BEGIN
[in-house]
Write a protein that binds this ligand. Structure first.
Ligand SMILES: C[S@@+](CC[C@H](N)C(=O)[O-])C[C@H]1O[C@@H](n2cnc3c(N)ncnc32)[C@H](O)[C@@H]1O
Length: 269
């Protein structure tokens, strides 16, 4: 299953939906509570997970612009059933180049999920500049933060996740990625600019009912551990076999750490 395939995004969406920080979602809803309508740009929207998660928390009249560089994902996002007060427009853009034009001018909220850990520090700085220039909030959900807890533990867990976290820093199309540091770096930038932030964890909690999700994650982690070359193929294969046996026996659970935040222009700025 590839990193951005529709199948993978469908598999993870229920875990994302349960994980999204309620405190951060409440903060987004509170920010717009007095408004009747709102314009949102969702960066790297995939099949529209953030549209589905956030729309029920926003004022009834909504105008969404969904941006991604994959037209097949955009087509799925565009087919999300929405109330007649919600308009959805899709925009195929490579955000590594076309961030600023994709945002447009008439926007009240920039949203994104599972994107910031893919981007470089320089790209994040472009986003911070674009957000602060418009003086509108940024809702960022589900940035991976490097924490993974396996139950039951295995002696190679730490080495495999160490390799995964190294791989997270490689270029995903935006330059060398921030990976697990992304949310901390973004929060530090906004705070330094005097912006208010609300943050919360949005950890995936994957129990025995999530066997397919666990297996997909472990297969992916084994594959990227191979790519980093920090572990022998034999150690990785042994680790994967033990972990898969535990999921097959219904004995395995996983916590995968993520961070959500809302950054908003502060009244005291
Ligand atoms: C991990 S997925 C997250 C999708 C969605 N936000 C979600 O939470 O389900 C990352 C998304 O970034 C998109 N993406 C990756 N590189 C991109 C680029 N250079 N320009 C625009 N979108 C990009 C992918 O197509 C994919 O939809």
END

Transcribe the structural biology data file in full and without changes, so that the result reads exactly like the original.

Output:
[in-house]
Write a protein that binds this ligand. Structure first.
Ligand SMILES: C[S@@+](CC[C@H](N)C(=O)[O-])C[C@H]1O[C@@H](n2cnc3c(N)ncnc32)[C@H](O)[C@@H]1O
Length: 269
């Protein structure tokens, strides 16, 4: 299953939906509570997970612009059933180049999920500049933060996740990625600019009912551990076999750490 395939995004969406920080979602809803309508740009929207998660928390009249560089994902996002007060427009853009034009001018909220850990520090700085220039909030959900807890533990867990976290820093199309540091770096930038932030964890909690999700994650982690070359193929294969046996026996659970935040222009700025 590839990193951005529709199948993978469908598999993870229920875990994302349960994980999204309620405190951060409440903060987004509170920010717009007095408004009747709102314009949102969702960066790297995939099949529209953030549209589905956030729309029920926003004022009834909504105008969404969904941006991604994959037209097949955009087509799925565009087919999300929405109330007649919600308009959805899709925009195929490579955000590594076309961030600023994709945002447009008439926007009240920039949203994104599972994107910031893919981007470089320089790209994040472009986003911070674009957000602060418009003086509108940024809702960022589900940035991976490097924490993974396996139950039951295995002696190679730490080495495999160490390799995964190294791989997270490689270029995903935006330059060398921030990976697990992304949310901390973004929060530090906004705070330094005097912006208010609300943050919360949005950890995936994957129990025995999530066997397919666990297996997909472990297969992916084994594959990227191979790519980093920090572990022998034999150690990785042994680790994967033990972990898969535990999921097959219904004995395995996983916590995968993520961070959500809302950054908003502060009244005291
Ligand atoms: C991990 S997925 C997250 C999708 C969605 N936000 C979600 O939470 O389900 C990352 C998304 O970034 C998109 N993406 C990756 N590189 C991109 C680029 N250079 N320009 C625009 N979108 C990009 C992918 O197509 C994919 O939809």